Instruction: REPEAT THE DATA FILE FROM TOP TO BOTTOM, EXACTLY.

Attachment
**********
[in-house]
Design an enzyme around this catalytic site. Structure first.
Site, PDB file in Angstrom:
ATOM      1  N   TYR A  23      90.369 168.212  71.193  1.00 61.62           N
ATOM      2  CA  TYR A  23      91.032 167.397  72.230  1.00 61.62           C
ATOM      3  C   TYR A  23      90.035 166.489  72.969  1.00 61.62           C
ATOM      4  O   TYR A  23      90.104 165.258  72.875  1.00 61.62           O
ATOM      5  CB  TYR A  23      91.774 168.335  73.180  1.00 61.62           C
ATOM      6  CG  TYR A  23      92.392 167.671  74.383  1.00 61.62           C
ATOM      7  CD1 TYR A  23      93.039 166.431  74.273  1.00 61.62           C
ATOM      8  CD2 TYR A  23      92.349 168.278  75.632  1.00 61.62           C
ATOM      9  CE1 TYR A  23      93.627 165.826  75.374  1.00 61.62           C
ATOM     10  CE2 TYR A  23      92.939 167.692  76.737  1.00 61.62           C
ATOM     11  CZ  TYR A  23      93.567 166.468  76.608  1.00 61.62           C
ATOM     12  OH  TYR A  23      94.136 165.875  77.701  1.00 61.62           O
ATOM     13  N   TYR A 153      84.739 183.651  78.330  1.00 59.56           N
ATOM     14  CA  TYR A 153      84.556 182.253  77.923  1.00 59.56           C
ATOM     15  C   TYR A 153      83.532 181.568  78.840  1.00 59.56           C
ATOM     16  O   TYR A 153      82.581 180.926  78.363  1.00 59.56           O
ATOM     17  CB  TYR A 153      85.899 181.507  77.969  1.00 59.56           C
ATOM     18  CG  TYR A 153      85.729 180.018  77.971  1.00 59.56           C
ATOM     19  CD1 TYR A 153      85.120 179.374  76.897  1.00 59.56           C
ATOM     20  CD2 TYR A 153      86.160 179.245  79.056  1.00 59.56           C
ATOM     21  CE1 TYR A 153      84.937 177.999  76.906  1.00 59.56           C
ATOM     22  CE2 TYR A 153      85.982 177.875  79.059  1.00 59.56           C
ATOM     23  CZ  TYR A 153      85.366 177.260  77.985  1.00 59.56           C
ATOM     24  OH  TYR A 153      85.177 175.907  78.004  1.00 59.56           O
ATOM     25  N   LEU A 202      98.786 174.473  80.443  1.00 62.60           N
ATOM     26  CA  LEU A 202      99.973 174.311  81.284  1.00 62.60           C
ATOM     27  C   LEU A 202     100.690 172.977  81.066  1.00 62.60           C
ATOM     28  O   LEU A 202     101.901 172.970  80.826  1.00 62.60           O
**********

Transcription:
[in-house]
Design an enzyme around this catalytic site. Structure first.
Site, PDB file in Angstrom:
ATOM      1  N   TYR A  23      90.369 168.212  71.193  1.00 61.62           N
ATOM      2  CA  TYR A  23      91.032 167.397  72.230  1.00 61.62           C
ATOM      3  C   TYR A  23      90.035 166.489  72.969  1.00 61.62           C
ATOM      4  O   TYR A  23      90.104 165.258  72.875  1.00 61.62           O
ATOM      5  CB  TYR A  23      91.774 168.335  73.180  1.00 61.62           C
ATOM      6  CG  TYR A  23      92.392 167.671  74.383  1.00 61.62           C
ATOM      7  CD1 TYR A  23      93.039 166.431  74.273  1.00 61.62           C
ATOM      8  CD2 TYR A  23      92.349 168.278  75.632  1.00 61.62           C
ATOM      9  CE1 TYR A  23      93.627 165.826  75.374  1.00 61.62           C
ATOM     10  CE2 TYR A  23      92.939 167.692  76.737  1.00 61.62           C
ATOM     11  CZ  TYR A  23      93.567 166.468  76.608  1.00 61.62           C
ATOM     12  OH  TYR A  23      94.136 165.875  77.701  1.00 61.62           O
ATOM     13  N   TYR A 153      84.739 183.651  78.330  1.00 59.56           N
ATOM     14  CA  TYR A 153      84.556 182.253  77.923  1.00 59.56           C
ATOM     15  C   TYR A 153      83.532 181.568  78.840  1.00 59.56           C
ATOM     16  O   TYR A 153      82.581 180.926  78.363  1.00 59.56           O
ATOM     17  CB  TYR A 153      85.899 181.507  77.969  1.00 59.56           C
ATOM     18  CG  TYR A 153      85.729 180.018  77.971  1.00 59.56           C
ATOM     19  CD1 TYR A 153      85.120 179.374  76.897  1.00 59.56           C
ATOM     20  CD2 TYR A 153      86.160 179.245  79.056  1.00 59.56           C
ATOM     21  CE1 TYR A 153      84.937 177.999  76.906  1.00 59.56           C
ATOM     22  CE2 TYR A 153      85.982 177.875  79.059  1.00 59.56           C
ATOM     23  CZ  TYR A 153      85.366 177.260  77.985  1.00 59.56           C
ATOM     24  OH  TYR A 153      85.177 175.907  78.004  1.00 59.56           O
ATOM     25  N   LEU A 202      98.786 174.473  80.443  1.00 62.60           N
ATOM     26  CA  LEU A 202      99.973 174.311  81.284  1.00 62.60           C
ATOM     27  C   LEU A 202     100.690 172.977  81.066  1.00 62.60           C
ATOM     28  O   LEU A 202     101.901 172.970  80.826  1.00 62.60           O